1337209059
Kage
KS Backer
I'm in Texas.
1337217411
Deightine
KS Backer
Sheet Author
Myself, and my better half (who also played) are on the border of the states of Kentucky and Ohio, USA. There were times where even she lagged 3-4 seconds behind for me, closer to Kage and JJ's latency, and she was on the other side of my apartment. ;) Agemegos was only a few seconds behind them at the better parts of the time (around 10:30pm-12:00am), but we all fluctuated a good bit. I suspect due to network loads. Also, I've run the Tok Box Diagnostic Tool twice, with no issues detected.
1337254435
Riley D.
Roll20 Team
The way TokBox works, it chooses the server closest to the GM to use as the video/voice chat server. So even though you and your wife were in the same room, every packet of information was going from you, to the server closest to Age', back to your house. Which would explain the delay. I'm not sure what the closest server they have to Australia is (it might even not be in Australia, which I'm sure adds quite a bit of lag onto the experience). I would be curious to see what would happen if you were all to jump in a Google Hangout, just for comparison sake. When we play our sessions (which you can see recorded/live every other Monday), we have people playing from the West Coast, Midwest (x3), and East Coast of the U.S. While there is the occasional hiccup or laggy moment, for the most part we really haven't seen any of the immersion-breaking types of delays you guys experienced. It might be good to start compiling a list of experiences based on geographic location of the participants so we can get an idea of what "works well" and what doesn't.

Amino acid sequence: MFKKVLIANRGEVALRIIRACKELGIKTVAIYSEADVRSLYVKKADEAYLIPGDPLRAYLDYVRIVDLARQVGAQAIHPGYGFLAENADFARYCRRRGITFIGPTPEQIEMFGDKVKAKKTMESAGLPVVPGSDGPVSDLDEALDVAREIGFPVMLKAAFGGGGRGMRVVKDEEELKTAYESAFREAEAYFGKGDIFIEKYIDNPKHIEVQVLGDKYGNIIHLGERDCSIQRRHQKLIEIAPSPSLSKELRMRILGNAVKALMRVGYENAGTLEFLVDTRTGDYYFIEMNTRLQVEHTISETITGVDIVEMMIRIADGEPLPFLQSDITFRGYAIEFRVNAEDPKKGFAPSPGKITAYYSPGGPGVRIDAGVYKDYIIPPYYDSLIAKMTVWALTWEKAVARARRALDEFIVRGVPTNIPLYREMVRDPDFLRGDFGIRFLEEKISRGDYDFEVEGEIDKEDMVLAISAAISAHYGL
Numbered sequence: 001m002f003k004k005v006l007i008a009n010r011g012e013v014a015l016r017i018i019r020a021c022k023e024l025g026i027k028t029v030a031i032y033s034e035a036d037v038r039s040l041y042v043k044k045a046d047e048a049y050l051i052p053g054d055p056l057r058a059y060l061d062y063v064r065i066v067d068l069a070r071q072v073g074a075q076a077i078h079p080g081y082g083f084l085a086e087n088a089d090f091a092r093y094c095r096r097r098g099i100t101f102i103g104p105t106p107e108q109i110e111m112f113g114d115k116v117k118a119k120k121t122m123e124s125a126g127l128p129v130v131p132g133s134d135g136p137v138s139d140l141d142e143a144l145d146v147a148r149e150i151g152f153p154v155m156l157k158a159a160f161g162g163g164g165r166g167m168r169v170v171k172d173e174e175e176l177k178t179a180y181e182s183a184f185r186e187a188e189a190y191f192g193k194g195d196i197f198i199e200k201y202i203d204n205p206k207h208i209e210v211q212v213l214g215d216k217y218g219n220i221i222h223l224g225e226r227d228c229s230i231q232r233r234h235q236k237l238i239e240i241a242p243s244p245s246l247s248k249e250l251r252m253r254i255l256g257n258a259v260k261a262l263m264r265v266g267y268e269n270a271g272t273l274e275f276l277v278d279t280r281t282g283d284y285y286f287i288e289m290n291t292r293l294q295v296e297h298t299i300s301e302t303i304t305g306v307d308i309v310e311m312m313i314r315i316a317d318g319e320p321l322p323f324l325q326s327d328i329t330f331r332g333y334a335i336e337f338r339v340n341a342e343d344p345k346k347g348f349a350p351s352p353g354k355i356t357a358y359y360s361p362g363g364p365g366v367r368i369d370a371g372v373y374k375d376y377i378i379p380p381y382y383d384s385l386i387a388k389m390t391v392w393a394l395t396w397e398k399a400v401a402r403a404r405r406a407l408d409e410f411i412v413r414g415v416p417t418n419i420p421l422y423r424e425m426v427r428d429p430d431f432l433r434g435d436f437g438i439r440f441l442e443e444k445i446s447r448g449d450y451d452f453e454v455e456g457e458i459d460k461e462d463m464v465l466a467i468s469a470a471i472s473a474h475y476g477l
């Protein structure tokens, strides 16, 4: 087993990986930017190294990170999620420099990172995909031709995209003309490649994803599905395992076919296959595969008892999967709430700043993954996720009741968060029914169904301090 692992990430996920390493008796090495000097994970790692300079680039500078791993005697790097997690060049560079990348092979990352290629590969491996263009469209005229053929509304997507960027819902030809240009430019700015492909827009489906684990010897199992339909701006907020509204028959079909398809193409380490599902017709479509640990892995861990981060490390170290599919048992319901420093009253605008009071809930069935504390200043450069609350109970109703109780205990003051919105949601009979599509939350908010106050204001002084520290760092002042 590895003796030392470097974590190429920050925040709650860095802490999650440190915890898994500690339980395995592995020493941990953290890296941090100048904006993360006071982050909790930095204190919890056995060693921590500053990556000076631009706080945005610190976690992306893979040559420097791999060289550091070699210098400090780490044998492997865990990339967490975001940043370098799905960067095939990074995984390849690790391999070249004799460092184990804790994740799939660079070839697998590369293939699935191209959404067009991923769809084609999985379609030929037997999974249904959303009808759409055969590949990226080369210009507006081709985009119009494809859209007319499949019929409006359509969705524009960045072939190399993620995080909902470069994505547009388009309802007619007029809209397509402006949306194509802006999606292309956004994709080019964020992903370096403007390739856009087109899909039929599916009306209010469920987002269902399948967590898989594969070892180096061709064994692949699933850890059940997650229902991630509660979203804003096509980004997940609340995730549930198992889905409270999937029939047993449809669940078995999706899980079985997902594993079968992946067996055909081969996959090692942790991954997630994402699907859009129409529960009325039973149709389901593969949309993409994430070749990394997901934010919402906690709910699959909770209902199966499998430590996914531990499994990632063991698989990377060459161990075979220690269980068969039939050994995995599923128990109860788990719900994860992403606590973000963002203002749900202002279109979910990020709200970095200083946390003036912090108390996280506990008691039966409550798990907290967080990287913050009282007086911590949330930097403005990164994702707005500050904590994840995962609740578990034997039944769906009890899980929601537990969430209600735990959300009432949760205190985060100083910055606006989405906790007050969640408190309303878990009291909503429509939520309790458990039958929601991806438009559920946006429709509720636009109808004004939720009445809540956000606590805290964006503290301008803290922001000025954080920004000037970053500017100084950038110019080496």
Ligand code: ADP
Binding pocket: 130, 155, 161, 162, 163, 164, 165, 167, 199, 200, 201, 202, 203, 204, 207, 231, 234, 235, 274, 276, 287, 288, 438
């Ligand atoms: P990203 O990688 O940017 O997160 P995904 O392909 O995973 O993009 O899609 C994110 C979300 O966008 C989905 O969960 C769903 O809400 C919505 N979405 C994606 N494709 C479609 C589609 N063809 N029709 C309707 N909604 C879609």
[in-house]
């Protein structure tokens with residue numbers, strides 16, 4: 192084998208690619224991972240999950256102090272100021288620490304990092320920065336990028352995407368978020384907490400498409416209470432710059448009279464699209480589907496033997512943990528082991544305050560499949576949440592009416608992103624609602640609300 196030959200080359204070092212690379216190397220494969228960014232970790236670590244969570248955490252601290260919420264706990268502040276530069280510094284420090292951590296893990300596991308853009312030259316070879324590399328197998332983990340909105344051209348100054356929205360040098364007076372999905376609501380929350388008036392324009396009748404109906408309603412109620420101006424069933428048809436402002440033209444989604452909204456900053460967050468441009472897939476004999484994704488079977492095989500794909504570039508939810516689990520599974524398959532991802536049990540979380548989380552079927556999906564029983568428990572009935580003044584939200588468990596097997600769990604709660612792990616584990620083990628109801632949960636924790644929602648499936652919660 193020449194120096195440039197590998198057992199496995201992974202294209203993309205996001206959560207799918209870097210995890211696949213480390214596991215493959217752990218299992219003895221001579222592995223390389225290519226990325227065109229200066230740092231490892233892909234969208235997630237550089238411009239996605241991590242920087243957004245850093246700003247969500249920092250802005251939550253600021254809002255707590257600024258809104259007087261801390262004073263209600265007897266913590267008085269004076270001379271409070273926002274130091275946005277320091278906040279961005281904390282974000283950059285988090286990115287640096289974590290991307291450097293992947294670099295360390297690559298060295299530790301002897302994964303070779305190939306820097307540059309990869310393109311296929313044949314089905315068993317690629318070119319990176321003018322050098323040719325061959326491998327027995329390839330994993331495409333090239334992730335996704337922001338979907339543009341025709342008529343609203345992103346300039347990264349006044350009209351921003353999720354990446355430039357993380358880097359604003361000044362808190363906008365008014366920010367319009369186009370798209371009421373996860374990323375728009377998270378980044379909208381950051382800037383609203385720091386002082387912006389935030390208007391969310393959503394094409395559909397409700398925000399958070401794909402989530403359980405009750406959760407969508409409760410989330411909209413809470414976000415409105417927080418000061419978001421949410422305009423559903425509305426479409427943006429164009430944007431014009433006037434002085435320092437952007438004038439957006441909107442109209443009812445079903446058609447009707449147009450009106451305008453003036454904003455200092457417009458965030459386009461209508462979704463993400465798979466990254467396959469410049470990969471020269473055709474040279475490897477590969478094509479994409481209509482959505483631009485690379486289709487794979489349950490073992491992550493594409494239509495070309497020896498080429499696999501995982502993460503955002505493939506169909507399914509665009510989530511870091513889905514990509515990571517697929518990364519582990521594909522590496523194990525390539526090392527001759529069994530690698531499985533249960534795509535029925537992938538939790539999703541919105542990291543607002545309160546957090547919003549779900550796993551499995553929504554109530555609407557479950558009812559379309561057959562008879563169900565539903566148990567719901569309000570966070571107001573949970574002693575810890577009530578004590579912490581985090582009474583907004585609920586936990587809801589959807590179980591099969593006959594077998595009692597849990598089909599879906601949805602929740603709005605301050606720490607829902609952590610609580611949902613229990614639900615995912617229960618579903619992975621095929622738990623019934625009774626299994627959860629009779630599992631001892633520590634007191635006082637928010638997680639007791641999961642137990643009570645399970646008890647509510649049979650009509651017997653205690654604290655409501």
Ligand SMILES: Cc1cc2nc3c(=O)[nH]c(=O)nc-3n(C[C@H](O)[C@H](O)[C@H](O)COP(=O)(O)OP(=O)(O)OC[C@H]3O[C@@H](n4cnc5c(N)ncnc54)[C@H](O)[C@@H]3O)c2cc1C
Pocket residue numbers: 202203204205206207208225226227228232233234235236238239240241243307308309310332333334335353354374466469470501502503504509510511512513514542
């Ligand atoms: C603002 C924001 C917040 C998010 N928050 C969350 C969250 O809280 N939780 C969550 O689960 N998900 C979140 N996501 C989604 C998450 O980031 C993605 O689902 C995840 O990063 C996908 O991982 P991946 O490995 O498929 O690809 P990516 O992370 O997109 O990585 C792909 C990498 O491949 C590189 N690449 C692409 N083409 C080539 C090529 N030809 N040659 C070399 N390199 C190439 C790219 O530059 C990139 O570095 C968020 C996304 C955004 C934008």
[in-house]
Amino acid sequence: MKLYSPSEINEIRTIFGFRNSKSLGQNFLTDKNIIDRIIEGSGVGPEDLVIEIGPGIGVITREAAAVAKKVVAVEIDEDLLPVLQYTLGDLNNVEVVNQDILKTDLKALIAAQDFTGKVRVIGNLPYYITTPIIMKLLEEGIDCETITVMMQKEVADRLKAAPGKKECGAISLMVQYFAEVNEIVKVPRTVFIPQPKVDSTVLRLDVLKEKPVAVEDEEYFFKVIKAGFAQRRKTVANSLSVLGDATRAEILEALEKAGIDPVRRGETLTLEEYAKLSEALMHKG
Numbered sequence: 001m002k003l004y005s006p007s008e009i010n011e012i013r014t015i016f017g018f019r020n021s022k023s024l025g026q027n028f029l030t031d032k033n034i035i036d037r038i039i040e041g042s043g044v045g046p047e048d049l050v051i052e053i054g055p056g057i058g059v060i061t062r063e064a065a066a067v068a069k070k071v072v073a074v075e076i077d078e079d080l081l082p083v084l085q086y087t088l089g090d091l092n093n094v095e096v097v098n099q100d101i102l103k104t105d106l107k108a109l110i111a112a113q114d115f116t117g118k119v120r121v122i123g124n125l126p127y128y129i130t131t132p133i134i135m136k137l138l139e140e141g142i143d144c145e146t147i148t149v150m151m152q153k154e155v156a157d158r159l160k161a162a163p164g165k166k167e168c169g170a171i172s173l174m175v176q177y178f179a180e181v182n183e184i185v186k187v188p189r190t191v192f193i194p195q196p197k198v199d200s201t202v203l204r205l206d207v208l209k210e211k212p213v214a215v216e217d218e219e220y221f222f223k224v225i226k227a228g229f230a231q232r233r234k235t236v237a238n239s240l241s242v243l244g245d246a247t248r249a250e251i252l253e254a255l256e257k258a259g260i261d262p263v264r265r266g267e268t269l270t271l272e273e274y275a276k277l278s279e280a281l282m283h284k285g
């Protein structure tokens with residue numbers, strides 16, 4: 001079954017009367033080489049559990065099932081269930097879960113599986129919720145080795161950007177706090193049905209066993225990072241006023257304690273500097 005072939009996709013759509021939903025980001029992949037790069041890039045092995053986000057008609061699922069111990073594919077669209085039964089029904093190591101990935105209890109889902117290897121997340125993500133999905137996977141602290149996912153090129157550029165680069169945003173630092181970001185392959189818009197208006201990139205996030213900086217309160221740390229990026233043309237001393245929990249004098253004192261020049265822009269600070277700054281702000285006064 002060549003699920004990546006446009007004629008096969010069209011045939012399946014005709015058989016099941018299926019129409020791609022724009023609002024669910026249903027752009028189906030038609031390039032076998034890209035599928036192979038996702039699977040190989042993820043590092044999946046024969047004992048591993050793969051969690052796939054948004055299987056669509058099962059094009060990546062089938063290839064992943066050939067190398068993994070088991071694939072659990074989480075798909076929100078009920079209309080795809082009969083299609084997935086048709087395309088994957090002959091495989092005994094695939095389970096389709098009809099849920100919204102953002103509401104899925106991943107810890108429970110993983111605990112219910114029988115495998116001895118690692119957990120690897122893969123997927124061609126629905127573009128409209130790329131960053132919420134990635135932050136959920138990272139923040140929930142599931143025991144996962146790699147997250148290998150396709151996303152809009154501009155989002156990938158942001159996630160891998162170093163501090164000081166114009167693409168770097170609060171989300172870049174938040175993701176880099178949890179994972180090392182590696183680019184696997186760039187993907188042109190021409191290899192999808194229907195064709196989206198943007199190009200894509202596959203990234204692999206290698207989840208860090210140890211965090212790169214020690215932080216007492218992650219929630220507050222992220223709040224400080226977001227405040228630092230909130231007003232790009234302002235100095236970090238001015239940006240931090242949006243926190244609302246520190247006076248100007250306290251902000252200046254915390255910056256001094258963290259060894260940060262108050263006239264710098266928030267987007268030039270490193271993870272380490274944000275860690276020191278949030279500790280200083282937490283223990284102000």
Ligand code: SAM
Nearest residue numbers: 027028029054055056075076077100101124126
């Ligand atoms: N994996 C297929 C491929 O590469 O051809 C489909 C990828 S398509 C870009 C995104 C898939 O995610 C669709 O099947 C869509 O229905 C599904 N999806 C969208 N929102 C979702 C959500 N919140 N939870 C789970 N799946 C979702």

1337254484
Riley D.
Roll20 Team
Also, I've run the Tok Box Diagnostic Tool twice, with no issues detected. I think that tool just helps you figure things out if you can't get TokBox to work at all. This seems like it was much more a network/geographic issue than a "my webcam isn't working" type of issue. Not sure if they have a tool that would help us debug those problems or not.
1337266382
Deightine
KS Backer
Sheet Author